"It's going to be a great year for the housing market"
As Irving Berlin’s timeless song said: “There may be trouble ahead”.
In the case of the US economy, it could well be a reference to the spectre of inflation and the fear that it could put the brakes on US growth.
But for Douglas Duncan (pictured), Fannie Mae’s senior vice president and chief economist, there’s nothing looming on the horizon to spoil the mortgage party.
He insists “it’s going to be a great year” for the housing market.
“It’s still very strong. Ironically, the pandemic and the public policy response to the pandemic significantly strengthened the housing market relative to other sectors of the economy,” he said.
Described by Bloomberg Businessweek as one of the 50 most powerful people in real estate, it’s safe to say Duncan has sufficient kudos within the industry to back his claims.
“Housing has been booming,” he said. “By our estimation, house prices were up by 10.4% last year and already up by about 10% in the first half of this year.”
He admits there are glitches, partly related to supply problems in the construction industry, which is limiting inventory and inflating the cost of building materials. This was compounded by the worldwide microchip shortage in the auto sector, which has also hit the building trade.
“The demand side of the market has moved forward much more strongly than the supply side,” he said. “Those things we would expect to get fixed once the supply of chips is restored.”
Inflation not a concern – for now
Despite the fact that inflation now stands at 5% - the highest level since 2008 – Duncan believes inflationary pressures are “transitory” (that same word was used by the Federal Reserve on Wednesday).
While the pressures are largely driven by COVID-related factors that are expected to recede, he admits “persistent inflation” could hold growth back, a view held by the Economic and Strategic Research (ESR) Group, which recently predicted the economy slowing down to 5.5% in Q4 from the current 7.1% estimation, and to continue that decline through to 2022.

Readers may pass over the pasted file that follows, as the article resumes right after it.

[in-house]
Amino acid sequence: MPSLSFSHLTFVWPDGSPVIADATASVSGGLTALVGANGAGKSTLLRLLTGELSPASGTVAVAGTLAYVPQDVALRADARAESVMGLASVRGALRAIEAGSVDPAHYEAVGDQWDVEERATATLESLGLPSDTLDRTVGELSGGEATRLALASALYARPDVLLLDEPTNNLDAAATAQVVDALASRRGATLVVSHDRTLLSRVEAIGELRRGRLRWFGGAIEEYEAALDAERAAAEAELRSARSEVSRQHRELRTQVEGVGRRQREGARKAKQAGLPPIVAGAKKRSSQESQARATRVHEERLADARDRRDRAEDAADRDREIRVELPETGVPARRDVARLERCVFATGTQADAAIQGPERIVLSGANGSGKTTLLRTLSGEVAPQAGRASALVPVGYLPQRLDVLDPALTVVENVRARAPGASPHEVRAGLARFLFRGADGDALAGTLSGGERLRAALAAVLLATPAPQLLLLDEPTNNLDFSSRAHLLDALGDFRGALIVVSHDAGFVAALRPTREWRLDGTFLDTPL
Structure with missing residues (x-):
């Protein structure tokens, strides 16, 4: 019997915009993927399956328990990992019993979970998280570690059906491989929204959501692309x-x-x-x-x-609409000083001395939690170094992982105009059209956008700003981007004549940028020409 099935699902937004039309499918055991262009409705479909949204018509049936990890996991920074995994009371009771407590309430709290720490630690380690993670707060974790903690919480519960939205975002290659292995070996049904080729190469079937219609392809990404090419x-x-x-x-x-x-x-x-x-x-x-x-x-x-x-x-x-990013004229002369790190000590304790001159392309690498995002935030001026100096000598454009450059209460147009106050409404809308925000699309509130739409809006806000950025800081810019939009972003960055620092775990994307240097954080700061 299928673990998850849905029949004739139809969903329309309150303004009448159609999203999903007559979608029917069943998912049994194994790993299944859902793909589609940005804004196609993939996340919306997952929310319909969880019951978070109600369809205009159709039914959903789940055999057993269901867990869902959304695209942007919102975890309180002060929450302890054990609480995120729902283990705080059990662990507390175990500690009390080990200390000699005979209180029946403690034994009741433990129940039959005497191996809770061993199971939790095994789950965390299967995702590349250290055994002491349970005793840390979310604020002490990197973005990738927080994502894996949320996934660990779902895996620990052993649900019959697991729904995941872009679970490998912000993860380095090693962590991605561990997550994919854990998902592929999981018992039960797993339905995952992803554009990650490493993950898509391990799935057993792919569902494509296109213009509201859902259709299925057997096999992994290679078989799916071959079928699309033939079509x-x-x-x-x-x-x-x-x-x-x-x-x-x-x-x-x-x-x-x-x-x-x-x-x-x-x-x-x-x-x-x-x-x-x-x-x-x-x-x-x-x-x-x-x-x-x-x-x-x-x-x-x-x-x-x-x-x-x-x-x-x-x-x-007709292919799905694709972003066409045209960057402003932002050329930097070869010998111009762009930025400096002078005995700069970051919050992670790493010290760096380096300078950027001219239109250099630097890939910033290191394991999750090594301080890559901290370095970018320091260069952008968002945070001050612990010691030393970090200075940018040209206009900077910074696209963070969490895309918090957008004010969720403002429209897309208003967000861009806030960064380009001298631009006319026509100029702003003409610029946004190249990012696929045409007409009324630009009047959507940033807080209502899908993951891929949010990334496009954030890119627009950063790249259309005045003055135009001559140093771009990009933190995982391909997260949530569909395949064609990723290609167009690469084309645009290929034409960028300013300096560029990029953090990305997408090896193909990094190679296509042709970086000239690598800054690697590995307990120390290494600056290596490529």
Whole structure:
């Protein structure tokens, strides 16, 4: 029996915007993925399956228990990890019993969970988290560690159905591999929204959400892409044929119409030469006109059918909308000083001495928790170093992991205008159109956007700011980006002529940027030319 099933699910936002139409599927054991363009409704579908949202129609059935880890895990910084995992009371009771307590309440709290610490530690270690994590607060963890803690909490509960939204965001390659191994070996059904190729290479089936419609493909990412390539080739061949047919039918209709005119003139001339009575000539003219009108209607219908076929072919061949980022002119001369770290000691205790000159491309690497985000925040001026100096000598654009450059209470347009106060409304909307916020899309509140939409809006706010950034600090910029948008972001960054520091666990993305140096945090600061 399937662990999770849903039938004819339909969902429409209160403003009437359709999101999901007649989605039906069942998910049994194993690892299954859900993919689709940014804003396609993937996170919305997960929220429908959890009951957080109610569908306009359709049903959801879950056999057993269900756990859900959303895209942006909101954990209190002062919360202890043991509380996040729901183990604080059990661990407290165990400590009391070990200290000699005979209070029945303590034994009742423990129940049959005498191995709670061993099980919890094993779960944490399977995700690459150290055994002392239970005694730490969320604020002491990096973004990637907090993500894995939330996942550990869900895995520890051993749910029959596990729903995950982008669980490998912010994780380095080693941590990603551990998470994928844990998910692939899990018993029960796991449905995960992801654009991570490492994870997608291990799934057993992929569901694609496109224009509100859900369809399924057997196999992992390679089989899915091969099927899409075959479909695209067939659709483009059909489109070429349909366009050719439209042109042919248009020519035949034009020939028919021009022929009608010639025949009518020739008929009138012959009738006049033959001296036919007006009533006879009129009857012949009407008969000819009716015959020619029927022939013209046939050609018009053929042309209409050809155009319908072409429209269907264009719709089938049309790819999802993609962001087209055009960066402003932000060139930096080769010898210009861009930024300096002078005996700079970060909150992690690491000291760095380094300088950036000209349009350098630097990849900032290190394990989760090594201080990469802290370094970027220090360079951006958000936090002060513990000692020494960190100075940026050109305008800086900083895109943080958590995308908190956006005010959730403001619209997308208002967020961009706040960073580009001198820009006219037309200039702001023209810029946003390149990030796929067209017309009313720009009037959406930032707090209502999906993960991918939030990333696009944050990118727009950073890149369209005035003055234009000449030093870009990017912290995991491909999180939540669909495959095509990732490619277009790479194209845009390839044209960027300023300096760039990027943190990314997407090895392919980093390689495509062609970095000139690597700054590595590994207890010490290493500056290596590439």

The fact that the Fed also hinted there could be as many as two rate hikes in 2023 - much against market expectations - suggests inflation is more than a trifling concern.
“We do believe that this year inflation will run at about 5% - that’s the headline level - and of course how the Fed would like to see it, but they’re going to be patient and let inflation run ahead of their 2% target average,” Duncan said.
Consumer behavior is key
Much of the recovery will be determined by consumer behavior as the country gradually reopens in the wake of the COVID pandemic. The crisis has seen first-time buyers driven by high costs more likely to move away from high density to low density areas, as in New York and San Francisco.
According to Fannie Mae, house sales this year are expected to be 4.2% higher compared to 2020, although that figure has been revised downwards from 6.3%.
Despite the supply chain issues, the firm also expects new constructions to soar by 17.2% in comparison with 2020. Again, this figure has been revised slightly downwards from the previous predicted increase of 19.3%.
That still represents the fastest construction pace since 2013.
Given that more than half of forbearances have already been extinguished, Duncan is far less concerned about foreclosures amid the looming June 30 expiration of federal moratoriums.
“Some people are speculating there’s going to be a large wave of foreclosures - we’re not in that camp.
“As the economy recovers, someone who is in forbearance will have their income restored and they’ll be able to bring that mortgage current and close out the foreclosure. That’s ongoing every day – we’re seeing that in our own portfolio.”
There is also a hopeful message for those low-income households struggling to make ends meet. “A restructured loan…will allow them to continue to perform in the home, and we will absolutely be participating in restructuring those mortgages to make those households successful,” he said.